Archive for October, 2011

Happy Halloween! Green Noodle-worms and Spooky Trees

I sort of get off on the whole theme thing with my children. Just once in a while, you know….and of course Halloween is here, and what could possibly beg to be themified more than Halloween? Anything involving pumpkin does not go down well with my girls, (not even butternut squash or sweet potato). Amelia once declared butternut squash was “too sweet” which I thought was rich coming from her; she would purposefully  inhale the smoke if a chocolate factory was burning down! That said, butternut squash doesn’t taste anything like chocolate (not even smokey chocolate).

So anyway……..I thought I would go for green. You know, green, that conjures up images of green-faced witches,  slimey goo, and Frankenstein. Or, if you’re me, chlorophyll  🙂

Chlorophyll, I have heard, has a molecular make-up almost identical to that of haemoglobin, except at the centre, there is magnesium instead of iron. Furthermore, while I cannot go into this any more than what I remember from GCSE Biology, it harvests the suns rays and transforms it into food, which just fills me with delight and gratitude for the Creation and all lessons contained therein. All green leaves are very rich in minerals too, especially calcium and iron, and in general as humans, we don’t consume enough leaves. Moving down the food chain is a positive step forward for your health in my opinion.

One ideal green pasta sauce would be home-made pesto, but I was using what I had in the house; thanks to the blessed Tesco reduced shelf, I had about 8 avocados, ready to use, and all of them LOVE avocado pasta. However I felt like, it being a Halloween theme, the green needed a little more ……vibrance.

So I threw in a bottle of food colouring.

Just kidding. That really would be scarey.

I threw in some spinach.

Young spinach is so very nutritious, while being very mild in flavour. Perfect for kids smoothies (and grown-ups), salads, and obviously, green halloweeney avocado-based sauces.

Our green sauce is simply a food processed mixture of some soft avocados, a handful of babyleaf spinach, a pinch or two of sea salt, and some Nutritional yeast powder, because they all enjoy that.  It’s nothing complex in terms of flavour….but avocado is creamy and relatively neutral tasting.If so inclined, you could create some amazing sauces with slightly punchier flavours, and smother your wholegrain pasta with creamy, nutritious, unheated, unprocessed healthy fat.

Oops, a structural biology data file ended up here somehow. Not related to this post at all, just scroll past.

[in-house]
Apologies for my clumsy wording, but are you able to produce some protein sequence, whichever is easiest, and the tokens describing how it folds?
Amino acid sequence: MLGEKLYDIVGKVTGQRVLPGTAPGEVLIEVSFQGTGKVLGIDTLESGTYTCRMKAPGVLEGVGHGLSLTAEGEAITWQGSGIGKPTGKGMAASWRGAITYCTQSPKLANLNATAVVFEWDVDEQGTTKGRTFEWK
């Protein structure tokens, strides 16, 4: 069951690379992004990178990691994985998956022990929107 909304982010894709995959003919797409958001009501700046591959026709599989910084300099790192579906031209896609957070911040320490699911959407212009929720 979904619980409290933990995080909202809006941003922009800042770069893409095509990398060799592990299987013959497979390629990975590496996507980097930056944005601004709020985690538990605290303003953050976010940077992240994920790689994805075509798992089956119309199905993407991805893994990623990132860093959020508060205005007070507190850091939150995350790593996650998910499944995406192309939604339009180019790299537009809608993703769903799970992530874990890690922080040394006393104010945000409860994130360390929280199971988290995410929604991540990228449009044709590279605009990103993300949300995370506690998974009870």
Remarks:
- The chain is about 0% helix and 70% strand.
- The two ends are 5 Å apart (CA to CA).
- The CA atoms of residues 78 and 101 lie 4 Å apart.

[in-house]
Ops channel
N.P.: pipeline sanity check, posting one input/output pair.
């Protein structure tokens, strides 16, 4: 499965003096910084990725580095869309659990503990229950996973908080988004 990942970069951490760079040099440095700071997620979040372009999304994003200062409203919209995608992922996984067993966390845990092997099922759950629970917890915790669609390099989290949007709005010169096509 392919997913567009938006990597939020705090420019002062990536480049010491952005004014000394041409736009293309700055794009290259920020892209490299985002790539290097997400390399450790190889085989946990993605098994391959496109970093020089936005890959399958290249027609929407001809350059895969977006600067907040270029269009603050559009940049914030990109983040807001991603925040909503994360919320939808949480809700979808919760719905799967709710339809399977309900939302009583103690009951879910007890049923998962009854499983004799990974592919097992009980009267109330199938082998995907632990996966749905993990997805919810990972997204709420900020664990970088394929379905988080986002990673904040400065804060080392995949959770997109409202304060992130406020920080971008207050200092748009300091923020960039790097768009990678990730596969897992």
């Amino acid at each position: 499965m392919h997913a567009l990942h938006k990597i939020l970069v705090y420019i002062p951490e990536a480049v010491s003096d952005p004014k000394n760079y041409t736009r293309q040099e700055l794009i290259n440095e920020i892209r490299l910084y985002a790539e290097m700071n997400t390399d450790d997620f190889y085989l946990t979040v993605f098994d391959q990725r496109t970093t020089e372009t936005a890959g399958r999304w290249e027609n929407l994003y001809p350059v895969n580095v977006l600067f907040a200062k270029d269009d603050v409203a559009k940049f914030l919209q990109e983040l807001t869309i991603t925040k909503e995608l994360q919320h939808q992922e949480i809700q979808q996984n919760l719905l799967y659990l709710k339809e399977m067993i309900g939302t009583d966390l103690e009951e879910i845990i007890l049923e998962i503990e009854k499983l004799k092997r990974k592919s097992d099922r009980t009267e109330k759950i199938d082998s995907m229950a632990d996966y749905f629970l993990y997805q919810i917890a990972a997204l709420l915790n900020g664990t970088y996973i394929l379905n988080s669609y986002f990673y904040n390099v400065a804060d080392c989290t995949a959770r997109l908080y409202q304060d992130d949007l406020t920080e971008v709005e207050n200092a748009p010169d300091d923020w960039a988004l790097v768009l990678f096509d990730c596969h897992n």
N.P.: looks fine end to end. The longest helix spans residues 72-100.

So when I was in Tesco, I saw a cauliflower variety pack labelled “Ideal for Halloween” and couldn’t resist adding some spooky “trees” to our green noodle-worms. I was pretty sure they would be so excited to see purple trees, and spikey-spooky Romanesco cauliflower trees. (I know I am) I stress, excited to see them. They don’t really like eating it much though,so I also did some broccoli trees which they love don’t mind eating. I think I’ll be eating quite a bit of steamed cauiflower later.

(later)

Here it is. We used wholewheat noodles, and also made some purple and orange Halloweeny coleslaw (which I forgot to photograph, with Cashew mayonnaise, a recipe suggestion is here)

 I am absolutely amazed! Amelia who- quote- HATES- cauliflower, tucked into this and proffered various surprised “Hmmmmmm. Not bad. Prefer the green ones, but the purple and the spikey one’s aren’t bad.” (praise inDEED. Especially as they were a little aldente….) Ellie, (who has flirted with raw cauliflower, though it ended unhappily) crooned little songs “spooky purple trees, yummy spooky trees…..can I eat the raw ones in the kitchen?”  Then, I wasn’t sure if I had overdone the babyleaf spinach when Amelia asked “is this pesto?” Me: “No’ it’s avocado sauce.” (pause as she tries it, eyeing it’s extra-green hue suspiciously) “Mmmmmm. I love it!” (Note to self: Always add babyleaf spinach to avocado sauce!)

Thank you God for both purple and wierd-but-beautiful spikey edible plants!

 

 

 

 

 

 

 

 

 

 

 

P.S. Chlorophyll levels are reduced when the veggie is cooked, but it is only reduced in very significant amounts after quite prolonged cooking times, like boiling broccoli for 20 minutes. Eat plenty of greens raw, and opt for things like steaming for a few minutes when cooking.